As the sun set we all gathered on Ceilydh for sundowners and snacks. Connect 4 pulled in a hour or so past sunset and joined us for the end of the evening. Today we plan to explore some more, dive in the afternoon then potluck on the beach. We hope to stay ashore late enough to sea the turtles arrive to lay eggs--a long-held dream of mine.
For those wishing to follow in our wake you need to request permission to stop at Chesterfield Reef (the atoll is patrolled by the French Navy). Contact
The area is poorly charted but we have all had good success with these waypoints and directions that have been passed along:
Entrance to Chesterfield reef: 19 46.7594 S 158 25.3997 E
This was well clear of any reef. The water dropped to 28m at one point but thereafter stayed between 30-40m. If you were a little more to the south you should also be okay as we did not even see any reef from here let alone any islands. We sailed to our next waypoints well clear of any reef: 19 47.9446S 158 24.3276 E Then to 19 50.6577 S 158 25.2825 E. The anchorage is at WPT: 19 52.9980 S 158 27.7850 E The water here is about 10 metres with a sandy bottom. There are some bommies and shoal patches on either side but they are easy to see on a clear day.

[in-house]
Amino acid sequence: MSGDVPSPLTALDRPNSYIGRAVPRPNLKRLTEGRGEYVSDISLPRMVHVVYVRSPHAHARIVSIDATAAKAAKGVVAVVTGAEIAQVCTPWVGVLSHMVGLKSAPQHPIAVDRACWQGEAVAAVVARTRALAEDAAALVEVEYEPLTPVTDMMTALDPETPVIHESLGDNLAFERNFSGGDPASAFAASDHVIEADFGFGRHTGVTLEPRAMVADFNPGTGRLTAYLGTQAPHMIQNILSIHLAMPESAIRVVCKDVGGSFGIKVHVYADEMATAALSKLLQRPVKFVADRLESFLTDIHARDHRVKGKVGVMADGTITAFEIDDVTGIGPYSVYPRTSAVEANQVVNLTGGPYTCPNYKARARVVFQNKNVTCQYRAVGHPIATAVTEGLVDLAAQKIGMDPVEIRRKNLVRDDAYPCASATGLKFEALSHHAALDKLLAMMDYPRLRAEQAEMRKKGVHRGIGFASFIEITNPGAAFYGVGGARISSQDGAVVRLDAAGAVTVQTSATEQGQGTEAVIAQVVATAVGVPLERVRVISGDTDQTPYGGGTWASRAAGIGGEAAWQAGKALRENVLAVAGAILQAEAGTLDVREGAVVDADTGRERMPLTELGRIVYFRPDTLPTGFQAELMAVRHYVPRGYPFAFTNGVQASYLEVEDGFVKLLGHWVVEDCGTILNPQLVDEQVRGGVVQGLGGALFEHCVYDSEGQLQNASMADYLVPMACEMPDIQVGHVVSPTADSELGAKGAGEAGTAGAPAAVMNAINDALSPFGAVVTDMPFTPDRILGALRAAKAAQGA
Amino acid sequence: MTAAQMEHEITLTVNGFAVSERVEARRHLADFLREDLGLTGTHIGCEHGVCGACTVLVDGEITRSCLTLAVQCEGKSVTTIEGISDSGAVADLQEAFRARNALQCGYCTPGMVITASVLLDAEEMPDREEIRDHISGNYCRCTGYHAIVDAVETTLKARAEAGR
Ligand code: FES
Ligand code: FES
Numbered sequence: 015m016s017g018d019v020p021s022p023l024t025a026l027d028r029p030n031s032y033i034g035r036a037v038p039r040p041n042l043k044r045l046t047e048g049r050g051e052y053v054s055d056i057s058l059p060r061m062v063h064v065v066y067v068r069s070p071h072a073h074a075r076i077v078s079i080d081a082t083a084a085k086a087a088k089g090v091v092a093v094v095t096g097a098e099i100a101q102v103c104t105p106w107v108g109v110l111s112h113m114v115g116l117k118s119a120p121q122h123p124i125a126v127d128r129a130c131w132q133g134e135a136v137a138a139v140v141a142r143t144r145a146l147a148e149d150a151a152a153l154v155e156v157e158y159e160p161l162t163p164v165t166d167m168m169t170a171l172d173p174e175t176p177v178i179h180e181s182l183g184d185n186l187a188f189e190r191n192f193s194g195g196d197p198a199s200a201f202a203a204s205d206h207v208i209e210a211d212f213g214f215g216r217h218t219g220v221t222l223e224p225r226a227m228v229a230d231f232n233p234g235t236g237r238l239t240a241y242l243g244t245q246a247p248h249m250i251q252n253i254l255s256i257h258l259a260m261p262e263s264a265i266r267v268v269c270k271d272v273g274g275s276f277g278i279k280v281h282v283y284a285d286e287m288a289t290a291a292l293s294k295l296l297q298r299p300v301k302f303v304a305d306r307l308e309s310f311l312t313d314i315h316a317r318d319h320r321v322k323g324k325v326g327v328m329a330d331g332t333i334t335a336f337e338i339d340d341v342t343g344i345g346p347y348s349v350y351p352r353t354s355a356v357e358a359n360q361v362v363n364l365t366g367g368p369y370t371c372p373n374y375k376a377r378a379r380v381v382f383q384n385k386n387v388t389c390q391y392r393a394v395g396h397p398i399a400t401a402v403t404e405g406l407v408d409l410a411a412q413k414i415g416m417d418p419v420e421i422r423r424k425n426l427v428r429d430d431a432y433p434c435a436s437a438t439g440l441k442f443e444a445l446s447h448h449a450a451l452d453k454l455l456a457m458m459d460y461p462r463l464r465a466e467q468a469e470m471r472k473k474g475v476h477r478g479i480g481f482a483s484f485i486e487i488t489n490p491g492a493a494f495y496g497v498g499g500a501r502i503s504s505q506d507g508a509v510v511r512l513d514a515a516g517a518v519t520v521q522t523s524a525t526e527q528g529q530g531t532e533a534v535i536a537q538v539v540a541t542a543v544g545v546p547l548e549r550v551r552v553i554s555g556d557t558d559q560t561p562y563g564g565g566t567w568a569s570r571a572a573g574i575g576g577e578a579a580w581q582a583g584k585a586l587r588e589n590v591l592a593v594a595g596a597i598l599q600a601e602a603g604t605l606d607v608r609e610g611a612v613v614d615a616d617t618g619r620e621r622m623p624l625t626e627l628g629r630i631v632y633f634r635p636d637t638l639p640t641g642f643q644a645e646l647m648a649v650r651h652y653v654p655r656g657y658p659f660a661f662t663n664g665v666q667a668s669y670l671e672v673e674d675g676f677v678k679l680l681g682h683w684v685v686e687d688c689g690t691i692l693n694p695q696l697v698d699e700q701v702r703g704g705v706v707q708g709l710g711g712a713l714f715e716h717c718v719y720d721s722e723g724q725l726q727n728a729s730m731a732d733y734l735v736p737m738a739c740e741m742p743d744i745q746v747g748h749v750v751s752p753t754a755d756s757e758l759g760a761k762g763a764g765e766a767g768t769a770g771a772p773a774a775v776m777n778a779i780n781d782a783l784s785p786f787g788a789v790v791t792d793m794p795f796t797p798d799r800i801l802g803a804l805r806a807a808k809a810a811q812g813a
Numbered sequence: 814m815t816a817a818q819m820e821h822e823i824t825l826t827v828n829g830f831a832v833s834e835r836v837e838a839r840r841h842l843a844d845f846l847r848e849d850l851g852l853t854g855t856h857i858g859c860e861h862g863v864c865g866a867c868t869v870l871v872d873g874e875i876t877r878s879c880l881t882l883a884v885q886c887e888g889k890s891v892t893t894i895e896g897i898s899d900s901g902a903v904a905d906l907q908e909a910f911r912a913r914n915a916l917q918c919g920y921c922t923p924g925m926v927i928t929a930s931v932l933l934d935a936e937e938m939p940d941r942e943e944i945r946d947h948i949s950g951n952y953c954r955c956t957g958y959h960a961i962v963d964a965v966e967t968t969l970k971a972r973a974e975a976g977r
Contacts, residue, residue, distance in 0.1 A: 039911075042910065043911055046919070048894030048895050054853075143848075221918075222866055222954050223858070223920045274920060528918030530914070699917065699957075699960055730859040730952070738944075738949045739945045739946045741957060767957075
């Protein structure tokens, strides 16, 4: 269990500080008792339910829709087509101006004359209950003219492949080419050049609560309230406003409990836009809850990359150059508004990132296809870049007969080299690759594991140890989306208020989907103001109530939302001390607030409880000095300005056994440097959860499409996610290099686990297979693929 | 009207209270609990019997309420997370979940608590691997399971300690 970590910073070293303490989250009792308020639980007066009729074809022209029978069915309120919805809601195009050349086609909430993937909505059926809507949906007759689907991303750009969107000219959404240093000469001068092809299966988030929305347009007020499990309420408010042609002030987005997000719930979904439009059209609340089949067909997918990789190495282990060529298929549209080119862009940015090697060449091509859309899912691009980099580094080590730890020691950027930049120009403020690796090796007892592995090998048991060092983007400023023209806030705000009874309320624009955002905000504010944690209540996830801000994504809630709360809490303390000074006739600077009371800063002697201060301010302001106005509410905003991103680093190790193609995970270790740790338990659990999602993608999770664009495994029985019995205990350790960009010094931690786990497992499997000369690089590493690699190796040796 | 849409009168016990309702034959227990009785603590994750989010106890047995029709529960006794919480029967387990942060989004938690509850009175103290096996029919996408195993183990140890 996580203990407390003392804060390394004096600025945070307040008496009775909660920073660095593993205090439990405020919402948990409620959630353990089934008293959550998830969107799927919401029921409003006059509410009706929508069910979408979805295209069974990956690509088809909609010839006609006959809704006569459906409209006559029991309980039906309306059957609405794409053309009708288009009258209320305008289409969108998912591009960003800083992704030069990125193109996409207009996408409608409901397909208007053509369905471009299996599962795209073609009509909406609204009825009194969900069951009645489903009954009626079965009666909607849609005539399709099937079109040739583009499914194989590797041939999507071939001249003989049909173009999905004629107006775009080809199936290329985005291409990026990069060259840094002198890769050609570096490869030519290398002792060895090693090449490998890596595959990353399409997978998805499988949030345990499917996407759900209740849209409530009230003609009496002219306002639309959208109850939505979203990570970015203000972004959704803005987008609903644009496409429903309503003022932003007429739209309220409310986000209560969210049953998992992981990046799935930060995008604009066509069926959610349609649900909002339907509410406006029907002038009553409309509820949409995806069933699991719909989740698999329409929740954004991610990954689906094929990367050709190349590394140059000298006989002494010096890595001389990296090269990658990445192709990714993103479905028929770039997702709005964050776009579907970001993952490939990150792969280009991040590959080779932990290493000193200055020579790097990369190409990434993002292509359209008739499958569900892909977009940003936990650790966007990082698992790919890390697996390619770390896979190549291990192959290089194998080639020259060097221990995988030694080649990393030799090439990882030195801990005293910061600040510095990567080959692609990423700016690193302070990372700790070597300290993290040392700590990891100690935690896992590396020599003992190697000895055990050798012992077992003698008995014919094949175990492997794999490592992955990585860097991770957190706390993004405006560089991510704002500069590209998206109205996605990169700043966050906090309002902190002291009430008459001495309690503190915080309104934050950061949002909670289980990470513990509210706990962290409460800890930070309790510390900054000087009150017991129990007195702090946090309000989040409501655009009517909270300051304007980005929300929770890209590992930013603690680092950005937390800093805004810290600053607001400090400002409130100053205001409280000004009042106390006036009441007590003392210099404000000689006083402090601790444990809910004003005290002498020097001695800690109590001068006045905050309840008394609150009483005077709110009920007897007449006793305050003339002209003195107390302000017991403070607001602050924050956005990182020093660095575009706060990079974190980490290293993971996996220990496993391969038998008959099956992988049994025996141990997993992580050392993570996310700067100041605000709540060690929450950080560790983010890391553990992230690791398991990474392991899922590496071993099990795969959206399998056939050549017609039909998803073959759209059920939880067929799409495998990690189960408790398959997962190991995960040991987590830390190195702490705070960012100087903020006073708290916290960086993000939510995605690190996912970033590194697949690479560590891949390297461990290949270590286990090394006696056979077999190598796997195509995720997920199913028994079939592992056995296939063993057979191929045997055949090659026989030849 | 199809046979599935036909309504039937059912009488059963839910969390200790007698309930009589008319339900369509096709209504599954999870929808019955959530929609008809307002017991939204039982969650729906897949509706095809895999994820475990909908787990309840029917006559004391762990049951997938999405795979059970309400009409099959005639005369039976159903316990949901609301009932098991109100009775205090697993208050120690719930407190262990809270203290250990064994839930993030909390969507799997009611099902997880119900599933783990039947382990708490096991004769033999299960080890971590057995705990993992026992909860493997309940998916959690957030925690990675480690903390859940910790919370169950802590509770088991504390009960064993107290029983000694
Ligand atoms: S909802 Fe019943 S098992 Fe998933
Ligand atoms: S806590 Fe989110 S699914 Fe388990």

radio email processed by SailMail
for information see:

November 3, 2011

Slow Boat to Oz--Day 5

"What day is it? Wednesday? Saturday?" Maia asked.
I had to think about it, "We left Monday afternoon so it's Thursday. No, Friday."
This is one of our slowest passages to date. We've been averaging 4.6 knots. Almost 2 knots an hour lower than our typical passage speed. We're not even at the half-way mark yet--and we were worried about getting to Australia on the weekend and having to pay overtime fees...
Right now we're hoping to maintain 5.1 knots so we can get to Chesterfield reef before dusk tomorrow night. We're making 4.3 under spinnaker (6 in the gusts). Despite the slow passage it's wonderful out here. We're really in no hurry to see it end (other than the fact that at some point something nasty is going to blow up in the Coral Sea and we really want to be in Australia before that happens.)
I've commented before about how much I enjoy (some) passages. There is the sailing--which I love until the point that the seas grow monstrous and the wind howls in pain (which tends to leave me shaky and nauseated). There is the endless view of the ocean and sky--which never becomes monotonous or dull. I never knew a sunset could come in so many variations or that the sea could be so many shades of blue. Then there is the best part--our time together.